Spy in the sky

With the TV show making waves, we take a look at Marvel’s elite spy agency and why someone really wanted its initials to spell S.H.I.E.L.D.

YOU can’t claim to be a comics guru until you are able to explain what the acronym S.H.I.E.L.D. stands for – and here’s where I failed, despite being in this hobby for three and a half decades! In researching for today’s review, I discovered a valid “excuse” for my shortcoming – there are actually three definitions (plus a host of foreign translations) to that bewildering abbreviation!

It started out in 1965 as (Phil Coulson voice) Supreme Headquarters, International Espio-nage, Law-Enforcement Division, before being changed 26 years later to Strategic Hazard Intervention Espionage Logistics Directorate.

To further confuse matters, the Marvel Cinematic Universe added its own version – Strategic Homeland Intervention, Enforcement and Logistics Division.

What is in the name is not the issue here, but rather why the name?

Spurred by my interest in the new TV series Marvel’s Agents of S.H.I.E.L.D., this week’s focus is on the agency’s comic-ology, in step with its own acronym.


During the 1960s, a super-powered character was born in every comic published by Marvel. While these were exciting times in the fantasy world, reality continued to bite for most of us as we would never be “lucky” enough to be bitten by a radioactive spider or bombarded with gamma rays.

The “breakthrough” came with the introduction of Nick Fury, Agent of S.H.I.E.L.D., allowing “98-pound weaklings” everywhere to dream that they still could have a role to play in saving the world!

Jumping on the (then) “secret-spy-agencies-with-catchy-acronyms” fad, co-creators Stan “The Man” Lee and Jack “King” Kirby reinvented the World War 2 veteran as the face and head of S.H.I.E.L.D. in Strange Tales #135 (August 1965). Armed with funky codenames and cool gadgets, the law enforcement agency’s fight against Hydra, Yellow Claw and Scorpio were classic match-ups and offered a diversion from the usual cosmic slugfests.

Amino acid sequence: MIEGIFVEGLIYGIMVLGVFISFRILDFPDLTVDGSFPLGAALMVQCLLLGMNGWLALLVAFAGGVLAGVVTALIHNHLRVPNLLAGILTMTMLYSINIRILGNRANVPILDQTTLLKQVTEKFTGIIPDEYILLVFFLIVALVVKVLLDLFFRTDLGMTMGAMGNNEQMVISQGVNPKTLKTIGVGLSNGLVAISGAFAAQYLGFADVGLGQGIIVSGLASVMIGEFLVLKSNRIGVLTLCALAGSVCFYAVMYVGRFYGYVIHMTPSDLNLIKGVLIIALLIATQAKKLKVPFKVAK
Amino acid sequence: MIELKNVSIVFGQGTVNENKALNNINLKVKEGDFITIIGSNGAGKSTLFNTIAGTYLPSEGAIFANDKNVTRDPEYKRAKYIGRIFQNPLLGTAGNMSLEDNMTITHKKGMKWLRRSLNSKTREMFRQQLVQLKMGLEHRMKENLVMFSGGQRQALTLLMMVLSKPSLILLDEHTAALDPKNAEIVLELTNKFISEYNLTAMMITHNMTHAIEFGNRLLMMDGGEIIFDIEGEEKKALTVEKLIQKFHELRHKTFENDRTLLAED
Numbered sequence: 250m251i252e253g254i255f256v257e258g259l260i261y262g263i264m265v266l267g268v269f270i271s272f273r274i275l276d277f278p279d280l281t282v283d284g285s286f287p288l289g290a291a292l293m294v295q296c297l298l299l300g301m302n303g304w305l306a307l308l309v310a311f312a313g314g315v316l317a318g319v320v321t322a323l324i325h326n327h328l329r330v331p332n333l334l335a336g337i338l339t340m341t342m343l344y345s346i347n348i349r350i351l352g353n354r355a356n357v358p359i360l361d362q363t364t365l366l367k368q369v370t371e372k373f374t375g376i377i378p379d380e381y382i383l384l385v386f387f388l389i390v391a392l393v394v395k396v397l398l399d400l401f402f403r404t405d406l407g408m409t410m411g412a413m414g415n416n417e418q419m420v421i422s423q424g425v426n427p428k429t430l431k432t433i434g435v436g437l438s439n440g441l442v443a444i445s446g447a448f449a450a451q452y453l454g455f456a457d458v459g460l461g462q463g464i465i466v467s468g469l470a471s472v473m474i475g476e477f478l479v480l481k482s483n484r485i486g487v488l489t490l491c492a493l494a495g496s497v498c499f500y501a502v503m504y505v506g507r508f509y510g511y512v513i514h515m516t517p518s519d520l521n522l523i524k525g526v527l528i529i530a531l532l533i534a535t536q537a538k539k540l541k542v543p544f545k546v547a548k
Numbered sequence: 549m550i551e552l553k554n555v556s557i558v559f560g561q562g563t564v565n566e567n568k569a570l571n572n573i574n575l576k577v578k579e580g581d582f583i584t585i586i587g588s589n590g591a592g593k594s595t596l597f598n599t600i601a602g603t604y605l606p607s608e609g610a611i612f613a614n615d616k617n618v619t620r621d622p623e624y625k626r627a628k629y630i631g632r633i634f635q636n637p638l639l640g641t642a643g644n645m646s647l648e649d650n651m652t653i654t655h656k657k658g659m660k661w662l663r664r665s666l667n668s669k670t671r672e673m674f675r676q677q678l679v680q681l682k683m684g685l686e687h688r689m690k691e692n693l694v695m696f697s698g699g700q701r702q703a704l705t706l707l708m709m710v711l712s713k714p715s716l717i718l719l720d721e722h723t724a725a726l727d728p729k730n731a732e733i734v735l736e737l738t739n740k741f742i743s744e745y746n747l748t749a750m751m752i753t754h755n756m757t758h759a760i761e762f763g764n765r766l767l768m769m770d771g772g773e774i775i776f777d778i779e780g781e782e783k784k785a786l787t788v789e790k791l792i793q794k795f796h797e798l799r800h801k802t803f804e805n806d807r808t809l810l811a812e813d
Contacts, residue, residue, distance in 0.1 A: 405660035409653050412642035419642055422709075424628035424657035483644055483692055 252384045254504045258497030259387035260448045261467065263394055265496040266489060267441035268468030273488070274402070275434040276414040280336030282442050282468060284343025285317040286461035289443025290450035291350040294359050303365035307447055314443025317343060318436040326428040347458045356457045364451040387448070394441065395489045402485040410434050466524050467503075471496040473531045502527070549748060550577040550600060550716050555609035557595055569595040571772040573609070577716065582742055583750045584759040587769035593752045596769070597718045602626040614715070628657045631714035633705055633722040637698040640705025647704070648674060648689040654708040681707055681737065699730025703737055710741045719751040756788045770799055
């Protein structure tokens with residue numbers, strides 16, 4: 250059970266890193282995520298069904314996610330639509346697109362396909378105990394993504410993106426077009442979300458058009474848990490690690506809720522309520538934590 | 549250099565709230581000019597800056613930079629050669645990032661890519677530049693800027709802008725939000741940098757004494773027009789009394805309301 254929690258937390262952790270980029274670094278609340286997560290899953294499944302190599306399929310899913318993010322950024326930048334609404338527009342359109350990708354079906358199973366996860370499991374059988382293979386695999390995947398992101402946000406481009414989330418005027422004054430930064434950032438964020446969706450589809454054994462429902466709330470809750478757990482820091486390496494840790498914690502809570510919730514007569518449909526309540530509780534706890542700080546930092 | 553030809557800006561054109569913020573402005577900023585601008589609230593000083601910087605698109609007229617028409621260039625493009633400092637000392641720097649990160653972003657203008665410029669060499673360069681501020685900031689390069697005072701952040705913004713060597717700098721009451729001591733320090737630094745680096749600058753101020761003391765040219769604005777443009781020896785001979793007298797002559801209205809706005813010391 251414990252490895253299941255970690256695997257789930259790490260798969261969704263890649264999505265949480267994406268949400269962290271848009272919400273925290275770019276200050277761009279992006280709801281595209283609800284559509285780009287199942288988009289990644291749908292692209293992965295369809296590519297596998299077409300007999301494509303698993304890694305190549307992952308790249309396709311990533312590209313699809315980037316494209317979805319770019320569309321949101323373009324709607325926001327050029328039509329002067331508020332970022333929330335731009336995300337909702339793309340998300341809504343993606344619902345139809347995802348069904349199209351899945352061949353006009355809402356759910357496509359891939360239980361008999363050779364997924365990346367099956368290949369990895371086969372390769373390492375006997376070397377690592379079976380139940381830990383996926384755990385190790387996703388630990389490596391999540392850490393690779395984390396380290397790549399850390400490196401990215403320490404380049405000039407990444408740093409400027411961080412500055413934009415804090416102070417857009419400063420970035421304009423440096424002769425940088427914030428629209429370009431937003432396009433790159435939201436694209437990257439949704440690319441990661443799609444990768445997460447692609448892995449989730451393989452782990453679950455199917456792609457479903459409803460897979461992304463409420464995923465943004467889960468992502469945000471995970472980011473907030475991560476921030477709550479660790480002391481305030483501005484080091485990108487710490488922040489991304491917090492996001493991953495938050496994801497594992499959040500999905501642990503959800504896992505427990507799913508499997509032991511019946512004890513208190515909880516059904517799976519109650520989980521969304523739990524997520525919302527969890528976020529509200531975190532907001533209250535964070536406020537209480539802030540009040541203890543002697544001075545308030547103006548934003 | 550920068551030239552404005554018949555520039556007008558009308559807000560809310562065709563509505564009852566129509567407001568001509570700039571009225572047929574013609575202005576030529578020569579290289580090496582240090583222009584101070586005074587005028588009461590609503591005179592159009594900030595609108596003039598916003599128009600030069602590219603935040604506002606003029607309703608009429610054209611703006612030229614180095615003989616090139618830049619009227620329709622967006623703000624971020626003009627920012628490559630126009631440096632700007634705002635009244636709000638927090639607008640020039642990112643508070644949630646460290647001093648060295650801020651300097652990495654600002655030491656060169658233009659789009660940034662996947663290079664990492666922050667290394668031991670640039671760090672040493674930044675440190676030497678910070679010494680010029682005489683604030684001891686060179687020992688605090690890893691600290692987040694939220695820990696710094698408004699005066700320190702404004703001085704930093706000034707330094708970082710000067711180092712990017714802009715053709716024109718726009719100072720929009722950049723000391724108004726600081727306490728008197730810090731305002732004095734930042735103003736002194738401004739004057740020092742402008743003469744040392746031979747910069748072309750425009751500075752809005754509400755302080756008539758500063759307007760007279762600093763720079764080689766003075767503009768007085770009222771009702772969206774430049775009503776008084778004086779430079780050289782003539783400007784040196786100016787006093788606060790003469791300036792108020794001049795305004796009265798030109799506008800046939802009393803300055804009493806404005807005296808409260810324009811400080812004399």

While Lee and Kirby were his creators, the actual credit for elevating interest in Nick Fury and S.H.I.E.L.D. goes to Jim Steranko, whose groundbreaking run (Strange Tales #151-#168, and Nick Fury Agent of S.H.I.E.L.D. (Vol 1)

#1-#7) is akin to James Bond and Mission: Impossible combined.


You don’t just count on chance meetings with Agent Coulson to become an agent of S.H.I.E.L.D. as the agency’s recruitment drive is all-encompassing. While some of us believe that it started with World War 2 veterans (i.e. Fury, “Dum Dum” Dugan and Gabriel “Gabe” Jones), recent developments (based on the 2010 series by Jonathan Hickman and Dustin Weaver) revealed that the “occult” agency of old (yes, espionage did exist during ancient times) had a list of high-profile “Pre-Modern Agents” such as Imhotep, Leonardo da Vinci, Galileo Galilei and Isaac Newton (!).

While the majority of S.H.I.E.L.D.’s agents are normal multi-talented humans, it has also recruited telepaths for its Psi-Division and superhuman agents (for example, Marvel Man, Texas Twister, Vamp and Blue Streak). While these names do not exactly make S.H.I.E.L.D. out to be an “employer of choice”, it makes up for its lack of big-name star power by having strong ties with superhero teams such as the Avengers and the Fantastic Four.


I have gotten used to having two Nick Furys, one who looks like David Hasselhoff and the other resembling Samuel L. Jackson, but what used to really puzzle me was the “fact” that a World War 2 veteran could still be fighting super-spies and terrorists in the 21st century! While Captain America has the Super-Soldier serum to thank for his youthful looks, Fury owes it to the Infinity Formula (no relation to the Gauntlet).